PROVIDENCE, R.I. (WPRI) – Warwick Mayor Scott Avedisian is considering a run for Rhode Island lieutenant governor next year.
"That's certainly a possibility, of running for lieutenant governor," Avedisian, a Republican, said Friday during a taping of WPRI 12′s Newsmakers. Lt. Gov. Elizabeth Roberts, a Democrat, is barred by term limits from running again, and a number of Democrats are expected to seek the office.
Avedisian hinted, however, that other GOP candidates may come forward to contest the nomination for lieutenant governor – and there have long been doubts about whether the mayor, a longtime close ally of Republican-turned-Democrat Gov. Lincoln Chafee, could win a party primary.
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"I think a lot still needs to shake out as to what the landscape's going to look like," he said. "I think it's going to be interesting to see how many people will be on the ballot in 2014 that were on the ballot in 2012, but now in different parties – or [in] 2010. I think it's going to be a very interesting year, and I think there's still some places that we haven't seen all the candidates announce."
Candidates have until June 2014 to formally file to run for office. The primary election will be held Sept. 9, less than two months before the Nov. 4 general election.
Avedisian, 48, has been mayor of Rhode Island's second-largest city since February 2000; he won a special election to succeed Chafee after his the future governor's appointment to finish out the final U.S. Senate term of his late father, John Chafee, in 1999.
Avedisian has proven popular in Warwick, winning more than 80% of the vote in his last two bids for re-election. He received about 26,000 votes in 2010 and 2006, and his appeal in the vote-rich suburban city could be a boost in a statewide campaign. The mayor had $38,090 in his campaign war chest as of June 30.
While there have been suggestions for years that Avedisian might seek higher office, he said: "I don't want to run just for the sake of running. I want to actually believe that there's something that I can do there."
"One of my issues with the office of lieutenant governor is when previous governors had asked if I would consider that, my answer was, if you gave me a state department to run," Avedisian said. "I think you need to have a full-time job, and you need to have more than what you can create." He suggested Roberts has done so by working with Chafee on health-care policy.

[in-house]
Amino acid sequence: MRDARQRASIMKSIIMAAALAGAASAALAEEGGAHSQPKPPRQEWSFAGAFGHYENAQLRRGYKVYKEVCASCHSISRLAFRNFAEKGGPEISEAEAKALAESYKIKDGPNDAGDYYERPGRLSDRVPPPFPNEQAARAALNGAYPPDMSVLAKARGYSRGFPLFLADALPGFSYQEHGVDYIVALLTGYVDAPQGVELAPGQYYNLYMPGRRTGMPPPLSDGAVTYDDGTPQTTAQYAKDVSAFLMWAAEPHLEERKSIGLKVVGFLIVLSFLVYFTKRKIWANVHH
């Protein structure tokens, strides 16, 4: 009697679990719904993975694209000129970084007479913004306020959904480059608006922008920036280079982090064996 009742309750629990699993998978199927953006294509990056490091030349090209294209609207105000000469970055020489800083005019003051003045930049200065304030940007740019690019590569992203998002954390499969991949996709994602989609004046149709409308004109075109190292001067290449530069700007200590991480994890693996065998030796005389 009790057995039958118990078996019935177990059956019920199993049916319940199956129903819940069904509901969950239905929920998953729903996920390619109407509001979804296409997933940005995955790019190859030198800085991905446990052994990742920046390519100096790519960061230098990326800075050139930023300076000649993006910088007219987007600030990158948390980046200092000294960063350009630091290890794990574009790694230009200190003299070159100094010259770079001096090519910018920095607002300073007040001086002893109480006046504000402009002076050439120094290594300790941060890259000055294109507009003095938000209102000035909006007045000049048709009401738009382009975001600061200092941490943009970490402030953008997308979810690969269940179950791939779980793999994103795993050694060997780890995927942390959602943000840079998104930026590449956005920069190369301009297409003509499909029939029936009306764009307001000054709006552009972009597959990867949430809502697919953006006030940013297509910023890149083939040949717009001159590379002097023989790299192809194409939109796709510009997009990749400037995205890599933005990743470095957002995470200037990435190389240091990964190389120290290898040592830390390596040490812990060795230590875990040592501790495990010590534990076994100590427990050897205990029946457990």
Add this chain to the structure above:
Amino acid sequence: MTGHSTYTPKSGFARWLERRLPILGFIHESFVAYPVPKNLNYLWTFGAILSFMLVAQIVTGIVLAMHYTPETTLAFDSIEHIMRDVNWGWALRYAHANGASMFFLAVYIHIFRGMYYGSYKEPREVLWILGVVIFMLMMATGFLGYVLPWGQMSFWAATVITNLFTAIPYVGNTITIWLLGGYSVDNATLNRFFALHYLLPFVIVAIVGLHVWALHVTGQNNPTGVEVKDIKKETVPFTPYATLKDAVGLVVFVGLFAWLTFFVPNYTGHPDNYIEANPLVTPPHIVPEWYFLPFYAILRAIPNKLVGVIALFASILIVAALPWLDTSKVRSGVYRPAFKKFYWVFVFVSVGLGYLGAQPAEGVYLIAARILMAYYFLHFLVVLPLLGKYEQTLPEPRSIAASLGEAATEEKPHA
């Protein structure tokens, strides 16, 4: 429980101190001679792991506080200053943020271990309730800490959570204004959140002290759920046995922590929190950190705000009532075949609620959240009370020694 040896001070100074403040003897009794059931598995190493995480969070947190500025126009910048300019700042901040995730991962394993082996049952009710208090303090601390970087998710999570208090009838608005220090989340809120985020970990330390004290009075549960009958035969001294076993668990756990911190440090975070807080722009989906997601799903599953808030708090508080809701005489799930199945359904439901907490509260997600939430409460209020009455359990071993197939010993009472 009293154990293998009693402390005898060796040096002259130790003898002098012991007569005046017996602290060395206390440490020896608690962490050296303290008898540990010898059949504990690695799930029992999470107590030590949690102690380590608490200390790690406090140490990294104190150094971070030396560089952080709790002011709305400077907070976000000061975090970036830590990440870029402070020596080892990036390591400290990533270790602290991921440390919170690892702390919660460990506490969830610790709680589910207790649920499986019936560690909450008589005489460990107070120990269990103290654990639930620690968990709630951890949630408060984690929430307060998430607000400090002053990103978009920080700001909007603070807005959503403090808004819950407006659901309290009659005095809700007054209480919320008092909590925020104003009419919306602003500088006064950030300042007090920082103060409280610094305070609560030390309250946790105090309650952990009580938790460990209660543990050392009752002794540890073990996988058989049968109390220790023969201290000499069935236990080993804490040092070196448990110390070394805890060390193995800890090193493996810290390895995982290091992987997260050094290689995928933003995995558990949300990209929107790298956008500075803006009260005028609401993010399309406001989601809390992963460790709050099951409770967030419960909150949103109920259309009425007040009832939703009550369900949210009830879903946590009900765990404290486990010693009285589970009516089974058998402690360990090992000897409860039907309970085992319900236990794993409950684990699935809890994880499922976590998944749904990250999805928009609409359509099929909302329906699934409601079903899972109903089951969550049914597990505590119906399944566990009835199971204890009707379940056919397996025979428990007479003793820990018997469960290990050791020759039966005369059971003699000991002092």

Chafee's long-and-winding political life took a new turn this spring when he joined the Democratic Party after winning the governor's office as an independent in 2010. Avedisian backed Chafee three years ago but said he won't do so next year now that the governor is a Democrat and will instead throw his support behind the Republican candidate, who is expected to be Cranston Mayor Allan Fung.
Avedisian said he remains a moderate Republican despite the party's growing conservatism nationally.
"When I chose to get involved in politics, I made a conscious decision based on the people who were involved in the party at that point, and it was the John Chafees and the Lila Sapinsleys and the Claudine Schneiders and the Ron Machtleys, Arlene Violet, Susie Farmer," he said. "I looked at the two groups and said, those are the people I want to associate with."
"I think that there's still a good amount of moderates in the party who maybe have been pushed aside for a while but who really want to reclaim what was the traditional New England way of being a Republican, and explaining that while we favor the least amount of government possible, there are still people who have to be protected and still issues that we have to run and jobs that we have to perform," he said. "I still think there's a way to balance that out."
Avedisian noted that the national Republican brand hasn't been playing well with New England voters, citing the fact that the GOP holds only two federal offices in all of New England – U.S. Sens. Susan Collins of Maine and Kelly Ayotte of N.H. In Rhode Island, Republicans have won only three statewide or congressional elections since 2000.
"Obviously as a moderate I'm concerned that we're painting ourselves into a far-right corner that doesn't allow retreat," Avedisian said. But he also said he doesn't think the GOP brand issue has hurt him in Warwick.
"In fact, a couple years ago when we did polling people said they weren't voting for any Republicans, and when they asked them why they were voting for me they said, ‘Well, he's the mayor,'" he said. "So I think you can set up the fact that you can be your own person. It's harder when you try to deal with what the national agenda is."
Tim White contributed to this report.
Copyright WPRI 12
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